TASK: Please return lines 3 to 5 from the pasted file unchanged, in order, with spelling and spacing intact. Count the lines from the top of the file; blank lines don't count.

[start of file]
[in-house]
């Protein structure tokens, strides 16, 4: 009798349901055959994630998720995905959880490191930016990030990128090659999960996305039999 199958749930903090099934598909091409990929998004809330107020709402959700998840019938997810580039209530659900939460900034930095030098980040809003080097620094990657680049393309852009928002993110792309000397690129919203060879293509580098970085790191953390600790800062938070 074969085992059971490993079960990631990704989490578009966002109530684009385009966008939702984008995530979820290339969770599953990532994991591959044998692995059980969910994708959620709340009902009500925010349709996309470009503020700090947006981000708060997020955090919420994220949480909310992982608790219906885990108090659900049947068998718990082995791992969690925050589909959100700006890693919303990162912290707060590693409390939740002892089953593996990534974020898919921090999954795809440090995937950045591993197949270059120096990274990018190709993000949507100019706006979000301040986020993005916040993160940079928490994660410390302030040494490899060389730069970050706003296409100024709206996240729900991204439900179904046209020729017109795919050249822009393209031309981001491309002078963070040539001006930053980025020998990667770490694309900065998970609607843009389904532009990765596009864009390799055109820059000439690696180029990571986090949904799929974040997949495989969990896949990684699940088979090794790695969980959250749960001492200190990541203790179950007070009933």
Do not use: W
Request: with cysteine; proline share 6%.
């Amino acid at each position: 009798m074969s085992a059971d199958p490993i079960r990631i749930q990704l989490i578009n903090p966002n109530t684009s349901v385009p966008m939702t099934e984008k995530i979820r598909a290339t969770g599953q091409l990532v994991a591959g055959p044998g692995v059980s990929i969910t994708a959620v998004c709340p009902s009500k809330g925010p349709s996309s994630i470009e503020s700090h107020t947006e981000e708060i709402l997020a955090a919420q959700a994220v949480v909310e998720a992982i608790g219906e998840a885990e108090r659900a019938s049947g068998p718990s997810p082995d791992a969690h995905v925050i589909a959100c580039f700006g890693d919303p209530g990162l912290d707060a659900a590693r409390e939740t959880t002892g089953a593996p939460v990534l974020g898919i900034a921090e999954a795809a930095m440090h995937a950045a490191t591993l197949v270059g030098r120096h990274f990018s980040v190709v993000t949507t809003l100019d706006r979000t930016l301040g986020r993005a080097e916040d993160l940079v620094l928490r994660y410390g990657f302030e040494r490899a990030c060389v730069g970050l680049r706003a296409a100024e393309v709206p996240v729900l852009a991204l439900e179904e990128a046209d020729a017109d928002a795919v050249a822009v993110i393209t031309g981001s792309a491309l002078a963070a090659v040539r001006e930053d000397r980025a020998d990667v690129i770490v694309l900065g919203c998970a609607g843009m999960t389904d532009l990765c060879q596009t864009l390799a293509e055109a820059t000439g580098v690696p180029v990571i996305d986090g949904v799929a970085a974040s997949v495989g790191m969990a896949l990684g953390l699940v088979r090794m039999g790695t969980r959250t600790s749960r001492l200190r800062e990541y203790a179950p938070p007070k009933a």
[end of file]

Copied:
Do not use: W
Request: with cysteine; proline share 6%.
């Amino acid at each position: 009798m074969s085992a059971d199958p490993i079960r990631i749930q990704l989490i578009n903090p966002n109530t684009s349901v385009p966008m939702t099934e984008k995530i979820r598909a290339t969770g599953q091409l990532v994991a591959g055959p044998g692995v059980s990929i969910t994708a959620v998004c709340p009902s009500k809330g925010p349709s996309s994630i470009e503020s700090h107020t947006e981000e708060i709402l997020a955090a919420q959700a994220v949480v909310e998720a992982i608790g219906e998840a885990e108090r659900a019938s049947g068998p718990s997810p082995d791992a969690h995905v925050i589909a959100c580039f700006g890693d919303p209530g990162l912290d707060a659900a590693r409390e939740t959880t002892g089953a593996p939460v990534l974020g898919i900034a921090e999954a795809a930095m440090h995937a950045a490191t591993l197949v270059g030098r120096h990274f990018s980040v190709v993000t949507t809003l100019d706006r979000t930016l301040g986020r993005a080097e916040d993160l940079v620094l928490r994660y410390g990657f302030e040494r490899a990030c060389v730069g970050l680049r706003a296409a100024e393309v709206p996240v729900l852009a991204l439900e179904e990128a046209d020729a017109d928002a795919v050249a822009v993110i393209t031309g981001s792309a491309l002078a963070a090659v040539r001006e930053d000397r980025a020998d990667v690129i770490v694309l900065g919203c998970a609607g843009m999960t389904d532009l990765c060879q596009t864009l390799a293509e055109a820059t000439g580098v690696p180029v990571i996305d986090g949904v799929a970085a974040s997949v495989g790191m969990a896949l990684g953390l699940v088979r090794m039999g790695t969980r959250t600790s749960r001492l200190r800062e990541y203790a179950p938070p007070k009933a």